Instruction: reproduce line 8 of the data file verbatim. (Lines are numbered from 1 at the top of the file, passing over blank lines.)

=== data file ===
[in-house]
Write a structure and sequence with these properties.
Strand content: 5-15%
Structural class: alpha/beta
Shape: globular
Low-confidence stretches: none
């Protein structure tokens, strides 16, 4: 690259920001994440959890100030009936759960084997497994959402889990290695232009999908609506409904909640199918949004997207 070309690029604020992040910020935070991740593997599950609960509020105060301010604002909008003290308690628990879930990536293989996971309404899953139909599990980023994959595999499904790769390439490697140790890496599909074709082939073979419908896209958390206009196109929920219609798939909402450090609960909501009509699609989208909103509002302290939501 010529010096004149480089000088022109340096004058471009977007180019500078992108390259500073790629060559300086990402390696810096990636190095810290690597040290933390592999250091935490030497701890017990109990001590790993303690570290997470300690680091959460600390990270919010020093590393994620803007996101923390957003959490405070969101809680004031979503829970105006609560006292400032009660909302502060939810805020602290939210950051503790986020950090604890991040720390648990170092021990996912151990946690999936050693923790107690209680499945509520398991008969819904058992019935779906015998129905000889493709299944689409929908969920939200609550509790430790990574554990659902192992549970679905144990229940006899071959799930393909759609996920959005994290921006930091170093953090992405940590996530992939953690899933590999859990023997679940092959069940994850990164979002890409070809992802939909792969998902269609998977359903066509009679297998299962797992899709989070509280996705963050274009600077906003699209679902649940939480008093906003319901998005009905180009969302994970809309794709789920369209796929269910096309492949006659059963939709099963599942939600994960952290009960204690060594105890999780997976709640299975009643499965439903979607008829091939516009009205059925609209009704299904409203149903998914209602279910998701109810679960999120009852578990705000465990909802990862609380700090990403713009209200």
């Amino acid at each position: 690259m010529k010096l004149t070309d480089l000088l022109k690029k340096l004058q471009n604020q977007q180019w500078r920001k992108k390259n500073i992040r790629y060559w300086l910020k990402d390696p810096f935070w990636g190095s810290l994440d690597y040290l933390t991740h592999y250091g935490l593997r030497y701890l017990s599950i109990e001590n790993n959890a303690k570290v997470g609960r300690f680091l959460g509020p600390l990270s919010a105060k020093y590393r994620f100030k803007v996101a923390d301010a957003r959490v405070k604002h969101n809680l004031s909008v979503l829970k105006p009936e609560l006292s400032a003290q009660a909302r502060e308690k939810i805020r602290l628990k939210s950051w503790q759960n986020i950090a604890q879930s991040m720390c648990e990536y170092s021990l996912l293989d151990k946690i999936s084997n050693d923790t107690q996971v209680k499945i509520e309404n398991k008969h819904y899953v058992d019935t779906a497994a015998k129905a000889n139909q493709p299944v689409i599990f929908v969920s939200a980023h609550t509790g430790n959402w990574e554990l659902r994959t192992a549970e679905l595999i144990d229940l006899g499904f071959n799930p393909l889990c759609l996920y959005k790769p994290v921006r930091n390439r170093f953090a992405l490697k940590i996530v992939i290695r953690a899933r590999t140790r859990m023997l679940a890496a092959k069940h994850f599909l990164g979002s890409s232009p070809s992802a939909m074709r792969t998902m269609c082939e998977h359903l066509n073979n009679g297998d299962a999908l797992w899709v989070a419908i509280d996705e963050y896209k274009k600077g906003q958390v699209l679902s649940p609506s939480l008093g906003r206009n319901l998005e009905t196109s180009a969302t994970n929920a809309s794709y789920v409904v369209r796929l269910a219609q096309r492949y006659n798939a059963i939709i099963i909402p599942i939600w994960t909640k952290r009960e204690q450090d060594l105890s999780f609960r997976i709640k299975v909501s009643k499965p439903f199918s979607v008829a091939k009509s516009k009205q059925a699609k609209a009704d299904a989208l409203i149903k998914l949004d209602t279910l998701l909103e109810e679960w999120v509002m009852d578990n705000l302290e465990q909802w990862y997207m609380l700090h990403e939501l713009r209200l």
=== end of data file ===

């Amino acid at each position: 690259m010529k010096l004149t070309d480089l000088l022109k690029k340096l004058q471009n604020q977007q180019w500078r920001k992108k390259n500073i992040r790629y060559w300086l910020k990402d390696p810096f935070w990636g190095s810290l994440d690597y040290l933390t991740h592999y250091g935490l593997r030497y701890l017990s599950i109990e001590n790993n959890a303690k570290v997470g609960r300690f680091l959460g509020p600390l990270s919010a105060k020093y590393r994620f100030k803007v996101a923390d301010a957003r959490v405070k604002h969101n809680l004031s909008v979503l829970k105006p009936e609560l006292s400032a003290q009660a909302r502060e308690k939810i805020r602290l628990k939210s950051w503790q759960n986020i950090a604890q879930s991040m720390c648990e990536y170092s021990l996912l293989d151990k946690i999936s084997n050693d923790t107690q996971v209680k499945i509520e309404n398991k008969h819904y899953v058992d019935t779906a497994a015998k129905a000889n139909q493709p299944v689409i599990f929908v969920s939200a980023h609550t509790g430790n959402w990574e554990l659902r994959t192992a549970e679905l595999i144990d229940l006899g499904f071959n799930p393909l889990c759609l996920y959005k790769p994290v921006r930091n390439r170093f953090a992405l490697k940590i996530v992939i290695r953690a899933r590999t140790r859990m023997l679940a890496a092959k069940h994850f599909l990164g979002s890409s232009p070809s992802a939909m074709r792969t998902m269609c082939e998977h359903l066509n073979n009679g297998d299962a999908l797992w899709v989070a419908i509280d996705e963050y896209k274009k600077g906003q958390v699209l679902s649940p609506s939480l008093g906003r206009n319901l998005e009905t196109s180009a969302t994970n929920a809309s794709y789920v409904v369209r796929l269910a219609q096309r492949y006659n798939a059963i939709i099963i909402p599942i939600w994960t909640k952290r009960e204690q450090d060594l105890s999780f609960r997976i709640k299975v909501s009643k499965p439903f199918s979607v008829a091939k009509s516009k009205q059925a699609k609209a009704d299904a989208l409203i149903k998914l949004d209602t279910l998701l909103e109810e679960w999120v509002m009852d578990n705000l302290e465990q909802w990862y997207m609380l700090h990403e939501l713009r209200l």